4 Common Misconceptions About Video Production

]Businesses small and large are creating and distributing video content more than ever.

Despite its popularity, the process involved in producing a successful video is often misunderstood.

Clients come to us feeling overwhelmed by the complexity of the process just as often as they come to us expecting it to be a snap.

In this post, we clear up four common misconceptions about video production we've come across in our years as video producers.

1. Just Press Record

There’s a lot of prep that needs to happen before a camera op presses record and answers, ‘speeding’ to a director.

Capturing a professional and effective video is not as simple as going for a take as soon as the subject walks on set.

The production crew will need to light the set. They'll make tailored adjustments to the lighting and camera angles once the subject is on their mark. And they'll need to test the audio to make sure it's perfect.

This takes "as long as it takes" to get right and make your video look and sound amazing.

It’s a good idea to figure in at least 20-30 minutes for setup depending on the complexity of the set/scene.

If you have actors that need makeup and hair, add another 30 minutes per person.

Once makeup is done, the lighting is perfect and the audio is pristine, the director will let the crew know it’s time to record.

2. Don't worry, we can fix it in Post.

Every once in a while we're asked to take someone else's footage and "fix it" for a client. There are tweaks that we can make, but ultimately, poorly executed video production cannot be fixed in post-production.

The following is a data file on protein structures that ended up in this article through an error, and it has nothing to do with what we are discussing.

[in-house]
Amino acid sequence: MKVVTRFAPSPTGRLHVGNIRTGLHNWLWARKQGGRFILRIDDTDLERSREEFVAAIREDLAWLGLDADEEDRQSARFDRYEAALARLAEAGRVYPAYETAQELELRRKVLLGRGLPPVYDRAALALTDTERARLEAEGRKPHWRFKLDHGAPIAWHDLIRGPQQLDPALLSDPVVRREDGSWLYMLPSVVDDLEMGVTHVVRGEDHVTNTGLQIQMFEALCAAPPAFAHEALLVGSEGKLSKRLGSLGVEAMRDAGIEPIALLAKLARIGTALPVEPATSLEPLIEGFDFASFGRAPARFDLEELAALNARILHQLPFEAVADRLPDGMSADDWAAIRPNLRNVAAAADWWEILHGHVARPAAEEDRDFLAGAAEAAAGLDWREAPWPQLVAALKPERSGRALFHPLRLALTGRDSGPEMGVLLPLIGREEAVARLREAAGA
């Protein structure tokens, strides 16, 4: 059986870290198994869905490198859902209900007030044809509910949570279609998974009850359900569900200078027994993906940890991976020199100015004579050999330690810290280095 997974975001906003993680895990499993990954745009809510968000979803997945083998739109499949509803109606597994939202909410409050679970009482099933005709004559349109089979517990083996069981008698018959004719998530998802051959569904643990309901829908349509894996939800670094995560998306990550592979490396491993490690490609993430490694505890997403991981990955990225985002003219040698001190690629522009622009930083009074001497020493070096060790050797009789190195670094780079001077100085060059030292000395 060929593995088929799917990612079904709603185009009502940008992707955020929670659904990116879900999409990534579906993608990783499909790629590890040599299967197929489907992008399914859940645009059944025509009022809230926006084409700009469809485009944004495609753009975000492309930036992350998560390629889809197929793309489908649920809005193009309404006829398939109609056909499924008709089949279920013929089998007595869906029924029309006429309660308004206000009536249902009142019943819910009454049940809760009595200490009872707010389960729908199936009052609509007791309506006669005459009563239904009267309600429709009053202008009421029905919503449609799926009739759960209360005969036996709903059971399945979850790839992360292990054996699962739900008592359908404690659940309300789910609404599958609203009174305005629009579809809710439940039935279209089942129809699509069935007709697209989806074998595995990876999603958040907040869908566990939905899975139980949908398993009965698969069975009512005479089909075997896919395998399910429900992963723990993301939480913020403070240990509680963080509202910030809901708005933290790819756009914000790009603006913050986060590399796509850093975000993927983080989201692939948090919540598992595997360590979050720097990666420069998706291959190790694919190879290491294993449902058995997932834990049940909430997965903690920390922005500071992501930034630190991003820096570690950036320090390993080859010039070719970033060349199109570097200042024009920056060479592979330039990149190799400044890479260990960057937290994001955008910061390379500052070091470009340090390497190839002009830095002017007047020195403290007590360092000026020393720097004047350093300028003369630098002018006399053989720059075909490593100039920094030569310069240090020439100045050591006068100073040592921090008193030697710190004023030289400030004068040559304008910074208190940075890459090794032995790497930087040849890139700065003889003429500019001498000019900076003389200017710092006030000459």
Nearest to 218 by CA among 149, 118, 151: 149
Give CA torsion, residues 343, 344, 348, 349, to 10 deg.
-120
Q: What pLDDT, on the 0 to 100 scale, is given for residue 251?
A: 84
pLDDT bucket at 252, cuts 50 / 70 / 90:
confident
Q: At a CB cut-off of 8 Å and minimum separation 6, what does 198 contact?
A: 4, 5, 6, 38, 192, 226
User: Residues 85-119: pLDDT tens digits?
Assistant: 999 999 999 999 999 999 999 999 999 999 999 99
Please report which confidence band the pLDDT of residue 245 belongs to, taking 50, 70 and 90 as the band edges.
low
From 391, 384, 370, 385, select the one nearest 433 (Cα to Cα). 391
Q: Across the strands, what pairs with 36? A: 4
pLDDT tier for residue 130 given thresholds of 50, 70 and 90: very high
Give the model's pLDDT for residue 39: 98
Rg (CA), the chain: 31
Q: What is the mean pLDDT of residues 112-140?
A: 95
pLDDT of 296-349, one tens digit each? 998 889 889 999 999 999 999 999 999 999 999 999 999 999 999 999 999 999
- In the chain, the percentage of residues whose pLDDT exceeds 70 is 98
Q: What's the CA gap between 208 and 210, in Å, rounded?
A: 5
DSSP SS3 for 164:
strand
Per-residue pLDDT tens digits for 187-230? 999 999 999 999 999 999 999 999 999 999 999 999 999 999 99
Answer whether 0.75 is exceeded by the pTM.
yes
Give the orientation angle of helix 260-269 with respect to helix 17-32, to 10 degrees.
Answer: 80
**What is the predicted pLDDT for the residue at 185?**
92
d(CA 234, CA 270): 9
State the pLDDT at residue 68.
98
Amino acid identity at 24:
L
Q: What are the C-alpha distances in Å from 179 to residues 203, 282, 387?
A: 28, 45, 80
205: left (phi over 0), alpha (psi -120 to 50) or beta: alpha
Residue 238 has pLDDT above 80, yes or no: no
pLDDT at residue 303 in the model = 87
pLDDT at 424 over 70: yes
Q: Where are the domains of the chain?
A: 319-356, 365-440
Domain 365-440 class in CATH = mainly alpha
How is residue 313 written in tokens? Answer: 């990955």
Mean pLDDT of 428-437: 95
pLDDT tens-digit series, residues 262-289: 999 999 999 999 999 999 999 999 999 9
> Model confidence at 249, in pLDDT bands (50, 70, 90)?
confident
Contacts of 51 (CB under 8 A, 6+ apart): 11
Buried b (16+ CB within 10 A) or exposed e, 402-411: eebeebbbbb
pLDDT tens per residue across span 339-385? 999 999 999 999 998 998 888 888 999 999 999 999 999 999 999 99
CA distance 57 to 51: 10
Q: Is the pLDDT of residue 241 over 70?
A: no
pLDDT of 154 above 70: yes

Yes, footage can be color corrected and low audio can get boosted (to an extent) during the editing process. But, if you didn’t light your video well, compose your shot right and didn’t test your microphones, the only step you can take is re-shooting your video.

Poor pre-production can’t be fixed in post either.

There isn’t a De-Awkward-izing Filter in post-production software. So, if your actors don’t know their lines or aren’t familiar with the script, post production won’t be able to fix that.

If your storyline or pitch is weak in pre-production, then the final product will be weak, too. Sure, editors can add quick cuts and a thrilling music track to pick up the pace of the video. But it won't fix the content.

Bottom line, preparation is everything. The weeks leading up to the shoot are just as critical as the production day.

Make sure your script is tight, your subjects rehearsed and you hire a professional production crew.

3. It Costs More Than It’s Worth

A good video does not cost more than its worth.

Video is considered to have the highest ROI our of any visual content by 51.9% of marketers, according to eMarketer.

And in terms of biggest bang for your buck, consider this: A one-minute video is worth 1.8 millions words.

Video Brewery made this comparison:

"...That’s the equivalent of 3,600 typical web pages. If you write an average of one web page an hour, it would take you 150 days of writing to achieve the impact of one minute of video."

What would it cost you to pay a marketing consultant to write one web page an hour for 150 days?